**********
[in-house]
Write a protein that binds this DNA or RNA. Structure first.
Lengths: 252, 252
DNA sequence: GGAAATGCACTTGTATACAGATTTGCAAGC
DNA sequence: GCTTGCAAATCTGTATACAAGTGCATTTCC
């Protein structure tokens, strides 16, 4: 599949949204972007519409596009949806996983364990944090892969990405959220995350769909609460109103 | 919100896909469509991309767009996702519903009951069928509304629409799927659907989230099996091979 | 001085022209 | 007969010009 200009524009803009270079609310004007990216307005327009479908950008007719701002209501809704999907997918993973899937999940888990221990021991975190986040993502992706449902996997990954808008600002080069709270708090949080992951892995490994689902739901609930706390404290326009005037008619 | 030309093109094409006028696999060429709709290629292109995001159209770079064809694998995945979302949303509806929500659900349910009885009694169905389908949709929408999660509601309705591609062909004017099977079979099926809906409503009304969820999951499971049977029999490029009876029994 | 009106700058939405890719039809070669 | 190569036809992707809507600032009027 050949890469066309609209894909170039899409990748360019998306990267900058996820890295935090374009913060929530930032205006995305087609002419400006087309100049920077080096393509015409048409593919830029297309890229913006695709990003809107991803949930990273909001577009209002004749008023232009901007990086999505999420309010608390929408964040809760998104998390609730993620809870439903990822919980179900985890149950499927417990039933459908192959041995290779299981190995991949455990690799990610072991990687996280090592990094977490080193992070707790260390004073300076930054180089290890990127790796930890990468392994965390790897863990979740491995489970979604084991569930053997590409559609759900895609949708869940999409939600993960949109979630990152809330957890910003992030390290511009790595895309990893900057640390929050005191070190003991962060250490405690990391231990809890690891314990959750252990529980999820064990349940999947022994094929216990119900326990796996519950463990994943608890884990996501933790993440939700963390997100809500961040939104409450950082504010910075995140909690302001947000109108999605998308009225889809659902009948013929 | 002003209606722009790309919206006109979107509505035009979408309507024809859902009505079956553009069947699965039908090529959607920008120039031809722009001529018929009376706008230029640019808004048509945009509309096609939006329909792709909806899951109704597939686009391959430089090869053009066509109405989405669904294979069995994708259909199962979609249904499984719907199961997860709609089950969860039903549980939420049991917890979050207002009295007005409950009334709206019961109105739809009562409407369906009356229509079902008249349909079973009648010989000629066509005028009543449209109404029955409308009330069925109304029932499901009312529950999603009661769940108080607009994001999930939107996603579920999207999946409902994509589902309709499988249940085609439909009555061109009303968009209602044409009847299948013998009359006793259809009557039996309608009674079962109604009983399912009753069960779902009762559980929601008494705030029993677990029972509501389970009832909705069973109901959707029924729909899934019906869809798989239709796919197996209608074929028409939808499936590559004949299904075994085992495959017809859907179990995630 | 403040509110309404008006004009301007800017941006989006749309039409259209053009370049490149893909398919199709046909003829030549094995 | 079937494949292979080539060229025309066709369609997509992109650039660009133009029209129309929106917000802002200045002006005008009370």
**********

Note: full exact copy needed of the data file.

[in-house]
Write a protein that binds this DNA or RNA. Structure first.
Lengths: 252, 252
DNA sequence: GGAAATGCACTTGTATACAGATTTGCAAGC
DNA sequence: GCTTGCAAATCTGTATACAAGTGCATTTCC
């Protein structure tokens, strides 16, 4: 599949949204972007519409596009949806996983364990944090892969990405959220995350769909609460109103 | 919100896909469509991309767009996702519903009951069928509304629409799927659907989230099996091979 | 001085022209 | 007969010009 200009524009803009270079609310004007990216307005327009479908950008007719701002209501809704999907997918993973899937999940888990221990021991975190986040993502992706449902996997990954808008600002080069709270708090949080992951892995490994689902739901609930706390404290326009005037008619 | 030309093109094409006028696999060429709709290629292109995001159209770079064809694998995945979302949303509806929500659900349910009885009694169905389908949709929408999660509601309705591609062909004017099977079979099926809906409503009304969820999951499971049977029999490029009876029994 | 009106700058939405890719039809070669 | 190569036809992707809507600032009027 050949890469066309609209894909170039899409990748360019998306990267900058996820890295935090374009913060929530930032205006995305087609002419400006087309100049920077080096393509015409048409593919830029297309890229913006695709990003809107991803949930990273909001577009209002004749008023232009901007990086999505999420309010608390929408964040809760998104998390609730993620809870439903990822919980179900985890149950499927417990039933459908192959041995290779299981190995991949455990690799990610072991990687996280090592990094977490080193992070707790260390004073300076930054180089290890990127790796930890990468392994965390790897863990979740491995489970979604084991569930053997590409559609759900895609949708869940999409939600993960949109979630990152809330957890910003992030390290511009790595895309990893900057640390929050005191070190003991962060250490405690990391231990809890690891314990959750252990529980999820064990349940999947022994094929216990119900326990796996519950463990994943608890884990996501933790993440939700963390997100809500961040939104409450950082504010910075995140909690302001947000109108999605998308009225889809659902009948013929 | 002003209606722009790309919206006109979107509505035009979408309507024809859902009505079956553009069947699965039908090529959607920008120039031809722009001529018929009376706008230029640019808004048509945009509309096609939006329909792709909806899951109704597939686009391959430089090869053009066509109405989405669904294979069995994708259909199962979609249904499984719907199961997860709609089950969860039903549980939420049991917890979050207002009295007005409950009334709206019961109105739809009562409407369906009356229509079902008249349909079973009648010989000629066509005028009543449209109404029955409308009330069925109304029932499901009312529950999603009661769940108080607009994001999930939107996603579920999207999946409902994509589902309709499988249940085609439909009555061109009303968009209602044409009847299948013998009359006793259809009557039996309608009674079962109604009983399912009753069960779902009762559980929601008494705030029993677990029972509501389970009832909705069973109901959707029924729909899934019906869809798989239709796919197996209608074929028409939808499936590559004949299904075994085992495959017809859907179990995630 | 403040509110309404008006004009301007800017941006989006749309039409259209053009370049490149893909398919199709046909003829030549094995 | 079937494949292979080539060229025309066709369609997509992109650039660009133009029209129309929106917000802002200045002006005008009370």